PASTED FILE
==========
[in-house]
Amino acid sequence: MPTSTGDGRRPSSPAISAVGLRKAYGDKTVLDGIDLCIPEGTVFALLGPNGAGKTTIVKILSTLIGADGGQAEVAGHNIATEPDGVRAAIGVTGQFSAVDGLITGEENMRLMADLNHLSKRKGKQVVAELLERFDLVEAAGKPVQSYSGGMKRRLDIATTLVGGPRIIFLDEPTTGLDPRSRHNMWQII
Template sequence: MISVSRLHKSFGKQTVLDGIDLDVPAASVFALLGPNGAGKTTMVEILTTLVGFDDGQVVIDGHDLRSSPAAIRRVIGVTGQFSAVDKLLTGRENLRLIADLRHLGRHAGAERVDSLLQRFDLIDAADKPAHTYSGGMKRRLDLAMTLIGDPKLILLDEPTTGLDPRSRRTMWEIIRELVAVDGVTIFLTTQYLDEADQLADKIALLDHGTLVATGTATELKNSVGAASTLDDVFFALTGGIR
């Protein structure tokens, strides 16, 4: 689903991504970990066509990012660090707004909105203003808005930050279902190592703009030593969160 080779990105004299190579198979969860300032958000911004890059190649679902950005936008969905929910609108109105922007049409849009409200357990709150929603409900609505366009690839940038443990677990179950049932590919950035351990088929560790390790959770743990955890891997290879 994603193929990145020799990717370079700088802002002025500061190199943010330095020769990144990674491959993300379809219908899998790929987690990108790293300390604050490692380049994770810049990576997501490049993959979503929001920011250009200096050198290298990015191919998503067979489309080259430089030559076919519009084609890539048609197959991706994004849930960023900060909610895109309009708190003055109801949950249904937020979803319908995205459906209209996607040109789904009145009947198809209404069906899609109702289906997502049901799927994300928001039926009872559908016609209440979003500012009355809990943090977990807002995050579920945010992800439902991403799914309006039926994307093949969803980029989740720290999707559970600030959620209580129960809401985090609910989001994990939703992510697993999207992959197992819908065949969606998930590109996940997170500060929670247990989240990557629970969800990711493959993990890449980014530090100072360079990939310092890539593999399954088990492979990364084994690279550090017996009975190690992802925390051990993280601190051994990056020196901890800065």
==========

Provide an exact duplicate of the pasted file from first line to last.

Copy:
[in-house]
Amino acid sequence: MPTSTGDGRRPSSPAISAVGLRKAYGDKTVLDGIDLCIPEGTVFALLGPNGAGKTTIVKILSTLIGADGGQAEVAGHNIATEPDGVRAAIGVTGQFSAVDGLITGEENMRLMADLNHLSKRKGKQVVAELLERFDLVEAAGKPVQSYSGGMKRRLDIATTLVGGPRIIFLDEPTTGLDPRSRHNMWQII
Template sequence: MISVSRLHKSFGKQTVLDGIDLDVPAASVFALLGPNGAGKTTMVEILTTLVGFDDGQVVIDGHDLRSSPAAIRRVIGVTGQFSAVDKLLTGRENLRLIADLRHLGRHAGAERVDSLLQRFDLIDAADKPAHTYSGGMKRRLDLAMTLIGDPKLILLDEPTTGLDPRSRRTMWEIIRELVAVDGVTIFLTTQYLDEADQLADKIALLDHGTLVATGTATELKNSVGAASTLDDVFFALTGGIR
């Protein structure tokens, strides 16, 4: 689903991504970990066509990012660090707004909105203003808005930050279902190592703009030593969160 080779990105004299190579198979969860300032958000911004890059190649679902950005936008969905929910609108109105922007049409849009409200357990709150929603409900609505366009690839940038443990677990179950049932590919950035351990088929560790390790959770743990955890891997290879 994603193929990145020799990717370079700088802002002025500061190199943010330095020769990144990674491959993300379809219908899998790929987690990108790293300390604050490692380049994770810049990576997501490049993959979503929001920011250009200096050198290298990015191919998503067979489309080259430089030559076919519009084609890539048609197959991706994004849930960023900060909610895109309009708190003055109801949950249904937020979803319908995205459906209209996607040109789904009145009947198809209404069906899609109702289906997502049901799927994300928001039926009872559908016609209440979003500012009355809990943090977990807002995050579920945010992800439902991403799914309006039926994307093949969803980029989740720290999707559970600030959620209580129960809401985090609910989001994990939703992510697993999207992959197992819908065949969606998930590109996940997170500060929670247990989240990557629970969800990711493959993990890449980014530090100072360079990939310092890539593999399954088990492979990364084994690279550090017996009975190690992802925390051990993280601190051994990056020196901890800065």